building design

Green building design is the way of the future. Any builder who is not developing green is likely to be left in the dust. Sustainable home designs are healthier for home owners, as well as being money-saving, energy-saving and environment-saving. There are many national organizations working toward the goal of reducing our dependence on energy and reducing our carbon footprint, most notably the US Green Building Council. While it may cost a little more to outfit your home in sustainable materials, experts say you will save in energy expenses, making this a good investment in the long run.

Green interior design lighting is important because light sucks up electricity, generates heat and costs us money. A green lighting designer would tell you that compact fluorescent lamps are much more efficient than incandescent lamps, using 80% less energy. “CFLs last 10 times longer than incandescents and normally pay for themselves,” explains David Lee, a 23-year lighting designer with The Lighting Source. Each bulb replaced with a CFL could save you $30 on utility costs, experts say. Of course, since these bulbs contain mercury, disposing of them is just as critical when it comes to green building design. Home Depot stores have orange bins to collect and recycle these bulbs. For those who wish for sunnier lighting color, halogen lights still offer 30-40% energy savings, compared to incandescents, although they are not as good as CFLs.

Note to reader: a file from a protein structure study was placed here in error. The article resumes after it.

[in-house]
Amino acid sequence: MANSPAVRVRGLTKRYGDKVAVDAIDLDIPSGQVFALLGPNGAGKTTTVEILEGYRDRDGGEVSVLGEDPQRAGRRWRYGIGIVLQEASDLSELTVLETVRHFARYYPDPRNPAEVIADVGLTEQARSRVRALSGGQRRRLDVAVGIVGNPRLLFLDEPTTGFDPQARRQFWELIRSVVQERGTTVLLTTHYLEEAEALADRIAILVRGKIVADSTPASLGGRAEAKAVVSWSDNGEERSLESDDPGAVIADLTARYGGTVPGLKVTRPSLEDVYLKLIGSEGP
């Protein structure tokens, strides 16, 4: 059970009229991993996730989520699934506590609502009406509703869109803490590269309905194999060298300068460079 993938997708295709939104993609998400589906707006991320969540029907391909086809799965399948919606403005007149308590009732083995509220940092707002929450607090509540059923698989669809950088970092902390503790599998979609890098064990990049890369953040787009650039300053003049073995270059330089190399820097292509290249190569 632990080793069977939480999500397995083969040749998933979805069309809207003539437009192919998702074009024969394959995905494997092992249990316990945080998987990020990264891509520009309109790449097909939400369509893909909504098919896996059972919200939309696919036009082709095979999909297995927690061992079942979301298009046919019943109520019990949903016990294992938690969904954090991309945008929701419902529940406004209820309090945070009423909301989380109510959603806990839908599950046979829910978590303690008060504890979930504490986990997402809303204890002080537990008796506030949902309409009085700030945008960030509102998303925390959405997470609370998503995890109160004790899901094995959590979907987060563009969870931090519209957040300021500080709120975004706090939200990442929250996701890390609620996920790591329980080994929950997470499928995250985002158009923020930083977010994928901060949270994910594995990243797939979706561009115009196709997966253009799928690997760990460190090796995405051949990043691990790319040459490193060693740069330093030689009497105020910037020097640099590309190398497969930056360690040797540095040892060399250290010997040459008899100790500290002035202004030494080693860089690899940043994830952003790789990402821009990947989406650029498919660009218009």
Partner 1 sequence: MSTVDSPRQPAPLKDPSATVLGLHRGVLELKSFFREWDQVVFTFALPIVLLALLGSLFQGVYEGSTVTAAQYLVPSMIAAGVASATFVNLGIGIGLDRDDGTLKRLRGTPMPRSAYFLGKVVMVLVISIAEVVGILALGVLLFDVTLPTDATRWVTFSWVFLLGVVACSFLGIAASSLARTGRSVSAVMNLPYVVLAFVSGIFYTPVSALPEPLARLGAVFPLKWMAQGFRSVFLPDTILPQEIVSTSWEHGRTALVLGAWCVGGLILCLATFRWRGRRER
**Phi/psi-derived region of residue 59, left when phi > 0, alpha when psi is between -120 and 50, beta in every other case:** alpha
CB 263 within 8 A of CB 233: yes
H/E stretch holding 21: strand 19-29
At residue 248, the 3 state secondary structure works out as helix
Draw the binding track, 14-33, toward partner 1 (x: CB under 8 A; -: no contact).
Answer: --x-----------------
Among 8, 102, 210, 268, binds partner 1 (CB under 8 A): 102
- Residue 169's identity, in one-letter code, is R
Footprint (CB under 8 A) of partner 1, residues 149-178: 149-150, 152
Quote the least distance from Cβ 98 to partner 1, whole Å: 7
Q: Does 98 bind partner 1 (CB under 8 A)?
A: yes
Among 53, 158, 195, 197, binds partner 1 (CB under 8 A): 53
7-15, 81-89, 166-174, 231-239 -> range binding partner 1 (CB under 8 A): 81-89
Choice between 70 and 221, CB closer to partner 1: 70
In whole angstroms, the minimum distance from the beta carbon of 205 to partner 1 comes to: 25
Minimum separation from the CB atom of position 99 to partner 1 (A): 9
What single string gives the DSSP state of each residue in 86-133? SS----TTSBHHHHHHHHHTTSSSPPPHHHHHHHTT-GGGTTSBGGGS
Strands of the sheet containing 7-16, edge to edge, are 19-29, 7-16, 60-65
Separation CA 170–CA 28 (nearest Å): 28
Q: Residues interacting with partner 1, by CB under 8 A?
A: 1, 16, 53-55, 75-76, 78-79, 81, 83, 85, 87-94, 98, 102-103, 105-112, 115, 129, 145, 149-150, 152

Many eco-friendly consumers are also looking for green interior design furniture and furnishings too. As you may know, indoor air quality can be affected by mold, moisture, organic compound emissions from paints, and formaldehyde emissions from cabinets and ventilation systems. Some building design materials collect contaminants and dirt as well. When shopping, you will want to avoid phenolic resin derived plastic laminate found on inexpensive furniture. Make sure your wood products are certified by the Forest Stewardship Council to ensure the harvesters followed sustainable building practices. Wool that has not been treated with moth-proofing chemicals is preferable to polyester. Beware of polyurethane foam padding that contains polybrominated diphenol ethers, which are flame retardants.

According to Tucson-based green building consultant Jerry Yudelson, green building design will grow more than 60% in 2009. “We’ve seen cumulative growth in new LEED projects over 60 per cent per year since 2006 — in fact, 80 per cent in 2008 — and there’s no sign that the green wave has crested,” he says. With Barack Obama’s presidency, he anticipates more environment-friendly building practices and home designs.

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